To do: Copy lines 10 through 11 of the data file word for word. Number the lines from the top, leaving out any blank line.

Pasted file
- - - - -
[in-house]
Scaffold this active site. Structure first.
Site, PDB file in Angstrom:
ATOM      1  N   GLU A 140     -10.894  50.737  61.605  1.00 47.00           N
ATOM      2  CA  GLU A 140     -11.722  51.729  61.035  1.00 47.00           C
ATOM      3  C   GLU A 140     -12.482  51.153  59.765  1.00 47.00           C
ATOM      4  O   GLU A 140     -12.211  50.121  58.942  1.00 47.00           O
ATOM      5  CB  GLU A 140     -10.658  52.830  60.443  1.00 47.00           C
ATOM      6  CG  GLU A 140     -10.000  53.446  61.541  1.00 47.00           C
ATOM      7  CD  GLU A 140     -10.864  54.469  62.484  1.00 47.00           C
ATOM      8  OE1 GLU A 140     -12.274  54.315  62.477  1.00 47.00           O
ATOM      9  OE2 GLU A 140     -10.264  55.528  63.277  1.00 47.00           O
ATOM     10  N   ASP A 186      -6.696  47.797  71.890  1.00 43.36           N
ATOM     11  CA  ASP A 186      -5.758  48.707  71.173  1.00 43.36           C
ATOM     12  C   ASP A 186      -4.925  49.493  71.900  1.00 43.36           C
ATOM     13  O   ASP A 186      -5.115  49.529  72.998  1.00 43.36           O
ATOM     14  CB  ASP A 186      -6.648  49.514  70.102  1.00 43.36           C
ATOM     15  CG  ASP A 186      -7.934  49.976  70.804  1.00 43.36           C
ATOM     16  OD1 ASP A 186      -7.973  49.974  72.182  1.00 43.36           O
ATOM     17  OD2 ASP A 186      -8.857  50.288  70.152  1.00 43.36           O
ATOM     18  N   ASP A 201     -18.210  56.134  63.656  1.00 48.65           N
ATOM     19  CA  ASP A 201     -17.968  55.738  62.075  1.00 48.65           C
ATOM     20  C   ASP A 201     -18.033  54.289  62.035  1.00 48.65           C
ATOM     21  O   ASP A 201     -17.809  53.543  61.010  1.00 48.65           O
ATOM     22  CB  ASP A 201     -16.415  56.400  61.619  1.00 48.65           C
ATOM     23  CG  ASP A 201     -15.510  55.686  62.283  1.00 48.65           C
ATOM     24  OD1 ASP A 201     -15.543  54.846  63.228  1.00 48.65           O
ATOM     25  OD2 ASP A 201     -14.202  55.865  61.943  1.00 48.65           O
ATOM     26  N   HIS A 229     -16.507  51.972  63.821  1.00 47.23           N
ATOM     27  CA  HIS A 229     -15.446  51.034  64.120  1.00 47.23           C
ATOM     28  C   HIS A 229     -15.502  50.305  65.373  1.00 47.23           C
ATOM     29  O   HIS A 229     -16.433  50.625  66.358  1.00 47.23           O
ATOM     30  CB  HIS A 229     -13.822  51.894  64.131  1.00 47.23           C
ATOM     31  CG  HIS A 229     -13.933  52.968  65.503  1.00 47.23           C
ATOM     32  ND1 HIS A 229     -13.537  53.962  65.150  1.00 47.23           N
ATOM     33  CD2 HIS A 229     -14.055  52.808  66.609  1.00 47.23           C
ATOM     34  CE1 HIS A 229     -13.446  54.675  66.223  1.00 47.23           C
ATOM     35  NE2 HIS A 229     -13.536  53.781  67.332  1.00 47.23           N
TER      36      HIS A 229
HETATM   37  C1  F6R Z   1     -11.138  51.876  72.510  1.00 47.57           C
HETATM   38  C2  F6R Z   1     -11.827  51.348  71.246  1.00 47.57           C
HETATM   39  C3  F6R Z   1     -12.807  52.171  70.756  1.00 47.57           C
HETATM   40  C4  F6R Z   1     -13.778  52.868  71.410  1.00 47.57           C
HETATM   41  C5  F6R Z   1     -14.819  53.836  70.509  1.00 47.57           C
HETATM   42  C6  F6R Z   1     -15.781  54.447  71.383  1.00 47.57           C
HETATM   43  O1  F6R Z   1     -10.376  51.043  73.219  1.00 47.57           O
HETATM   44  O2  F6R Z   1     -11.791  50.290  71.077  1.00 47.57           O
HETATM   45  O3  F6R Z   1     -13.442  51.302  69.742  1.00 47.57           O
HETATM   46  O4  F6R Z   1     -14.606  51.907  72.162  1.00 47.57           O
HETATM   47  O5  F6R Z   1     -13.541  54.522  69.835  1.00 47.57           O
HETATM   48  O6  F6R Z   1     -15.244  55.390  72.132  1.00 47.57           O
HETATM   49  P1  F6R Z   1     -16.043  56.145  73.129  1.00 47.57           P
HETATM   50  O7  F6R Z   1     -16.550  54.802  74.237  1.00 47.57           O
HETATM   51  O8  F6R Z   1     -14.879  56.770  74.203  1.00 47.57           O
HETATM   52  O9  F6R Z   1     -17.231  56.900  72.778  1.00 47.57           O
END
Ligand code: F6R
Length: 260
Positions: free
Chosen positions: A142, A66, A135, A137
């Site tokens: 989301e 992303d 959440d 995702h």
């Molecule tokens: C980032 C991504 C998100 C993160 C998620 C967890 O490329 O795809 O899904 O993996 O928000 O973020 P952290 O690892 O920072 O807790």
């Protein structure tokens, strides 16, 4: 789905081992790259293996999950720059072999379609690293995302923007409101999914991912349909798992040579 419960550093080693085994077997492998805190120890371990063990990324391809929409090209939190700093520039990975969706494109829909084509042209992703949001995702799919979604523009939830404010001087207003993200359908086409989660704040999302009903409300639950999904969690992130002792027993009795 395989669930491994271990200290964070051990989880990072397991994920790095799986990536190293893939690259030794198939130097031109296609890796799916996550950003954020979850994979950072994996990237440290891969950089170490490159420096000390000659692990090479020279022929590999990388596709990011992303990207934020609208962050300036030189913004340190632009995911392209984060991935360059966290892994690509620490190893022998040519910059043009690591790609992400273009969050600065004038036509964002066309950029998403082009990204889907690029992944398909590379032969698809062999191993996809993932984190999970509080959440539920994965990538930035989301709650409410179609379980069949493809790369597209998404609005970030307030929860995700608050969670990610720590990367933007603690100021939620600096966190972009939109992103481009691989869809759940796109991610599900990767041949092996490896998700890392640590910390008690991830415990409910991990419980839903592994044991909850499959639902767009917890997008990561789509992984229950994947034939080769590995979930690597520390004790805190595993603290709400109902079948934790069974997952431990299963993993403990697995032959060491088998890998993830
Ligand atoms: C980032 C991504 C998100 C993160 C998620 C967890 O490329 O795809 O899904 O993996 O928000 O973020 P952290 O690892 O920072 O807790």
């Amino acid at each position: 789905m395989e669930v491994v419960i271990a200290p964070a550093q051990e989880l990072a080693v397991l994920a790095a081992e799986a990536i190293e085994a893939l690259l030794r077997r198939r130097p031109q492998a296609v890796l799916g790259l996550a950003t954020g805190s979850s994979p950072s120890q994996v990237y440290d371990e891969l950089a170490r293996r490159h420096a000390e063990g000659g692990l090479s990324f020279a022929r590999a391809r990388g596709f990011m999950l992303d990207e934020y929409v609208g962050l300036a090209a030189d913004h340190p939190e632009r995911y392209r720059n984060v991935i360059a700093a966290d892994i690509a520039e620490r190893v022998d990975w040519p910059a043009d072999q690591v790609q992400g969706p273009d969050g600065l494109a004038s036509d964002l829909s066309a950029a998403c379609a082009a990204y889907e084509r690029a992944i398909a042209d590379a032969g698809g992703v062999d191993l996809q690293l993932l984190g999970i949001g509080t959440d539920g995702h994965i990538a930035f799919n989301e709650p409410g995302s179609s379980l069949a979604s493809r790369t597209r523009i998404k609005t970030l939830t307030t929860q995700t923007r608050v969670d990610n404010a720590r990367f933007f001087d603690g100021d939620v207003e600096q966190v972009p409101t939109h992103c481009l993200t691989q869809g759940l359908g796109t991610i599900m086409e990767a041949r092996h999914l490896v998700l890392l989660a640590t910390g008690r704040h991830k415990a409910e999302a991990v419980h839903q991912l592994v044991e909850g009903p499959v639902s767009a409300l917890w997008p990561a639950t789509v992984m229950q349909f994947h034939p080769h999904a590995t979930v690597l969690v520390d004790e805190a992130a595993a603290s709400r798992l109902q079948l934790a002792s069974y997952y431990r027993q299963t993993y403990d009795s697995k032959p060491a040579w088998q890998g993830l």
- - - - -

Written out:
ATOM      7  CD  GLU A 140     -10.864  54.469  62.484  1.00 47.00           C
ATOM      8  OE1 GLU A 140     -12.274  54.315  62.477  1.00 47.00           O